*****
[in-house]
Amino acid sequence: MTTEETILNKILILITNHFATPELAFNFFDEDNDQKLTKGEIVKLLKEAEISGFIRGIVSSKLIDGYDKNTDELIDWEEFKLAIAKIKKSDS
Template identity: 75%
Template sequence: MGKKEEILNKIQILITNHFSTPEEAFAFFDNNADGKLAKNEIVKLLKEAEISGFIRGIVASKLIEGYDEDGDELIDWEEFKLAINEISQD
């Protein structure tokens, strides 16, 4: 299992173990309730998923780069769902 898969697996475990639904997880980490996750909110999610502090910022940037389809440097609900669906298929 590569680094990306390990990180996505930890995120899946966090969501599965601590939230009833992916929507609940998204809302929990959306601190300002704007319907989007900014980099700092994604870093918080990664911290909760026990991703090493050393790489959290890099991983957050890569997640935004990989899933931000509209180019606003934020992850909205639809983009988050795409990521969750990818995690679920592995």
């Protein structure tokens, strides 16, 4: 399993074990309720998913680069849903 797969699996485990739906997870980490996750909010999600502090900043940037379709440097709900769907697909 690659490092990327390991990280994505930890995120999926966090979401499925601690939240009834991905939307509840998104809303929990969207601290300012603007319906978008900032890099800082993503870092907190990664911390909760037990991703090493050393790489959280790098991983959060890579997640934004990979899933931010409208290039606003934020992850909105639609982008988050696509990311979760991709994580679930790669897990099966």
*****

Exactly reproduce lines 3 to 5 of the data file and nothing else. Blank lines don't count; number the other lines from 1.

Template identity: 75%
Template sequence: MGKKEEILNKIQILITNHFSTPEEAFAFFDNNADGKLAKNEIVKLLKEAEISGFIRGIVASKLIEGYDEDGDELIDWEEFKLAINEISQD
């Protein structure tokens, strides 16, 4: 299992173990309730998923780069769902 898969697996475990639904997880980490996750909110999610502090910022940037389809440097609900669906298929 590569680094990306390990990180996505930890995120899946966090969501599965601590939230009833992916929507609940998204809302929990959306601190300002704007319907989007900014980099700092994604870093918080990664911290909760026990991703090493050393790489959290890099991983957050890569997640935004990989899933931000509209180019606003934020992850909205639809983009988050795409990521969750990818995690679920592995």